Good seats still available.

Puppy Pick 'Em Puppy Walter makes his Week 7 picks for Bears-Saints

Puppy Pick 'Em Puppy Walter makes his Week 7 picks for Bears-Saints

When the Bears announced their 2019 schedule, we decided to have some puppies reveal the opponents. Now, we have taken it a step further. We have a puppy that will make weekly picks for the Bears games.

It is Week 7!

Walter's choices in Week 7 are a chance to go to Mardi Gras or a celebration of St. Patrick's day in Chicago. Bears fans should be excited about his decision in Week 7... and now we're all looking forward to St. Patrick's Day again!

The 12-week old dachshund was hand-selected by the scouts at NBC Sports Chicago and hails from One Tail at a Time rescue. He came from a shelter in Alabama and was transported to Chicago.  At just 7 weeks old and without his mom, he beat a deadly virus and spent some time in the doggie ER, where he healed and became strong again. 

Now, Walter is ready to rumble between the well-manicured lines of Sweetness Field. He is NOW adoptable via onetail.org and has two adorable sisters named Martha and Millie, who are already adopted. 

Walter will pick the games throughout the NFL season, including the playoffs and we hope that his nose follows the scent to the Bears every week, all the way to that magical game in Miami in February. Narrated by Jason Benetti, play-by-play announcer for the White Sox.  

It is time for Puppy Pick ‘Em presented by Nissan.

To learn more: www.onetail.org

Three keys and prediction: Bears vs. Saints

Three keys and prediction: Bears vs. Saints

1. Get production from receivers not named Allen Robinson. 

Robinson can expect to be followed all game by Saints cornerback Marshon Lattimore, who’s limited opposing receivers to nine catches on 20 targets in his last three games (a sampling of those receivers: Amari Cooper, Mike Evans, Chris Godwin, D.J. Chark). So if Robinson isn’t open, it likely will have less to do with his own play and more the play of one of the better cornerbacks in the NFL. 

With that in mind, Sunday will be a significant test for the Bears’ other pass catchers. This team’s offensive identity was supposed to be steeped in an ability to spread the ball around to guys like Taylor Gabriel, Tarik Cohen, Anthony Miller, Cordarrelle Patterson and Trey Burton, but so far this season, the only thing the Bears have proven to do well is get the ball to Robinson. That absolutely has to change on Sunday. 

Miller feels primed for a breakout game after ditching his shoulder harness, while Gabriel is back from a concussion suffered on the final catch of his explosive three touchdown game in Week 3 against Washington. Those two guys need to show up, and the Bears need to better scheme plays for Cohen, who’s averaging 4.5 yards per touch — lower than his average in 2017 with Dowell Loggains calling the plays.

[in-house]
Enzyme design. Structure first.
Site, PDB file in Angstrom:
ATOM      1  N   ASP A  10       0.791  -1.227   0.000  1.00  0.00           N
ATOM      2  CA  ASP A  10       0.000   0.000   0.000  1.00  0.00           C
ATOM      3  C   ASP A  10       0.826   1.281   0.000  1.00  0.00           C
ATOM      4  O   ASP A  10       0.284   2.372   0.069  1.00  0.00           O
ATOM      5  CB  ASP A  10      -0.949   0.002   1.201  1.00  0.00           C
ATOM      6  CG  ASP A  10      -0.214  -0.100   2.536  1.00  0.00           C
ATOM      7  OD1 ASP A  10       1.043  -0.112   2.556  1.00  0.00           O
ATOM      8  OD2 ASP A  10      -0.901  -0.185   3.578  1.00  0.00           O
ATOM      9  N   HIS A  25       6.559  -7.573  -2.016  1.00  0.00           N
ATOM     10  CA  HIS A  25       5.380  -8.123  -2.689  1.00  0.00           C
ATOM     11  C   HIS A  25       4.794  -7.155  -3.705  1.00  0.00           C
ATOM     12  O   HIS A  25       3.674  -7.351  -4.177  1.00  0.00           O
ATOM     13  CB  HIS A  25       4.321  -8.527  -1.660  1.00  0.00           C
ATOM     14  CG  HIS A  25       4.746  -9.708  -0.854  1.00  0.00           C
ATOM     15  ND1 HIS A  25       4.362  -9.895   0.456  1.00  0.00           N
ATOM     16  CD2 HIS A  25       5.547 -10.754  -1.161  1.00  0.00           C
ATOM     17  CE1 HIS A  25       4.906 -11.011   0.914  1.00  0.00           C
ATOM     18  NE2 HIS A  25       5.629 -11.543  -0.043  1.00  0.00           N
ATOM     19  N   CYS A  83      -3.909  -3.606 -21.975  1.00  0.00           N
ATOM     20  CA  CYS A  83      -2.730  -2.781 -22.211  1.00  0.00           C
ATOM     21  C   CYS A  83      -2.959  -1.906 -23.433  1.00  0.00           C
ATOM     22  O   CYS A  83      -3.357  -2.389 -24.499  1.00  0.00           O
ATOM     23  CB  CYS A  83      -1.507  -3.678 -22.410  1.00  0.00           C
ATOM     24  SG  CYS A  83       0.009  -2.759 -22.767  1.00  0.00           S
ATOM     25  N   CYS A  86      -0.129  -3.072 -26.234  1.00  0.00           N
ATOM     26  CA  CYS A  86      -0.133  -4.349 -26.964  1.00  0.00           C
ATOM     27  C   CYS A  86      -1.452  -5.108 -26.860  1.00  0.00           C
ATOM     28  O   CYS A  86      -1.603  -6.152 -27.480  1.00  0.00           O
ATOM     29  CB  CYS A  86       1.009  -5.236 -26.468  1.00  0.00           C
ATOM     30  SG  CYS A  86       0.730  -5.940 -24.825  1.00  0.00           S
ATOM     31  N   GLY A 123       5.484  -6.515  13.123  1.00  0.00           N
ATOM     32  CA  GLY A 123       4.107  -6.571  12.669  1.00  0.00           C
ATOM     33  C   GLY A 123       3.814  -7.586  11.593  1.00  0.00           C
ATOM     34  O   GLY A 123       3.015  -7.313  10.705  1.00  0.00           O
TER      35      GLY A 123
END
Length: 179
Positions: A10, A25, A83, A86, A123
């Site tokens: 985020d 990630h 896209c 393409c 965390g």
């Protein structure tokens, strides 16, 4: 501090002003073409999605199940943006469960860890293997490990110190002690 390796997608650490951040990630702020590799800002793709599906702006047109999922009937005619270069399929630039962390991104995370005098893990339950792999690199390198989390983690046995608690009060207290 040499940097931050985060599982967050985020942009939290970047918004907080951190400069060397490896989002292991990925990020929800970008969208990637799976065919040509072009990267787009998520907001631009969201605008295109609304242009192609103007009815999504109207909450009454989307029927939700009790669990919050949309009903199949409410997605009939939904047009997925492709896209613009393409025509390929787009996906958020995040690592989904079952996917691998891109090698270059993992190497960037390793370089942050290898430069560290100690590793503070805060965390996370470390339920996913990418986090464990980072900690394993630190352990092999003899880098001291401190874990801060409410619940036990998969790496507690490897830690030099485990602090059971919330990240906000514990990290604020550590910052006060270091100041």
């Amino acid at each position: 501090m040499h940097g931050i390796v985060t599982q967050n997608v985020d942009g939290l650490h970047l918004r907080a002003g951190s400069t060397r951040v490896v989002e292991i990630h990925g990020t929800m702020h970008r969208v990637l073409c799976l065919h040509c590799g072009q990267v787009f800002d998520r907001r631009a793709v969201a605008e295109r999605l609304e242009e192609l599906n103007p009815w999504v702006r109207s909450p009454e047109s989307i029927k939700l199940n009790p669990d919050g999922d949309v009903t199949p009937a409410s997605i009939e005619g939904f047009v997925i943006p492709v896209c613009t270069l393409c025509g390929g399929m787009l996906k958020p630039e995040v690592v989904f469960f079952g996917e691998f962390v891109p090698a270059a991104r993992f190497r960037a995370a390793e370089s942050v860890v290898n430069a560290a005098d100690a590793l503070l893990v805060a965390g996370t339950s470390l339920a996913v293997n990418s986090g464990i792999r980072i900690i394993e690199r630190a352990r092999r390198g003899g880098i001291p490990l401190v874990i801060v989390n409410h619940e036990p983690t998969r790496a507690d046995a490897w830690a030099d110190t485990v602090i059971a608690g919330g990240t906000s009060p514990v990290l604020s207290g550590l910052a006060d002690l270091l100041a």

Robinson still could have a productive day — he’s that good — but the Bears shouldn’t count on it.

2. Hold your own against the Saints’ front. 

The Saints are outstanding at affecting quarterbacks without blitzing, with their 76 pressures ranking second in the NFL — this for a team that’s only blitzing on 22 percent of its defensive snaps. And of those 76 pressures, 63 have come from defensive linemen. 

Marcus Davenport and Cam Jordan have been monsters this year, combining for eight sacks while consistently generating that pressure off the edge. Charles Leno Jr. and Bobby Massie will need need to have their best games of 2019 to keep them away from Mitch Trubisky, but the interior of the Bears’ line will have its hands full, too. David Onyemata, Malcom Brown and Sheldon Rankins all have at least one sack, putting an onus on Cody Whitehair, James Daniels and Rashaad Coward and/or Ted Larsen to keep those guys out of Trubisky’s face.

If not, Trubisky will have a difficult time getting comfortable and going through his progressions, which could lead to some forced/panicked throws...which could be jumped by Lattimore or another one of the Saints' defensive backs.   

3. Get game-wrecking plays on defense.

The thought here is Sunday’s game will be a tight defensive battle, with the game swinging on which team gets a turnover deep in its opponent territory. For the Bears, that means coming up with the kind of game-wrecking play (or plays) we’ve come to expect from this defense. 

Teddy Bridgewater has been sacked on only 16.7 percent of his drop-backs (24th, per PFF), though, with tackles Ryan Ramczyk and Terron Armstead among the best pass blockers at their position in the NFL. It’ll be a fascinating matchup for Khalil Mack, who will need to be at his best to beat the Saints’ best and “sack the football,” as he’s so good at doing. Or maybe Sunday is time for Eddie Jackson to get his first interception of the season (though he’s only been thrown at about two times per game, down from his average of nearly three times per game in 2018). 

However the Bears’ defense does it, they need to do it in a game in which their offense very well could struggle to move the ball. 

Prediction: Saints 13, Bears 9. 

While the Saints will be without future Hall of Fame quarterback Drew Brees, star do-it-all running back Alvin Kamara and reliable tight end Jared Cook, this is a team should have the advantage at the line of scrimmage on both offense and defense (the Bears, of course, will be without Akiem Hicks and might start a greenhorn at right guard in Coward). That advantage matters greatly in close games, in which grinding out a few yards here and there will become critical, especially in the fourth quarter.

And too, Sean Payton has built a strong coach of the year case for how he’s guided the Saints to an undefeated record without Brees. The Saints are playing a strong brand of complementary football, with a ball security-based offense and a defense that’s progressively got better this year (punter Thomas Morstead, for what it’s worth, is outstanding and shouldn’t be completely overlooked). 

So the Saints will arrive at Soldier Field undermanned, but with an advantage at the line of scrimmage and on the sideline. And those will be enough for New Orleans to emerge with a win, sending the Bears to 3-3 in the process.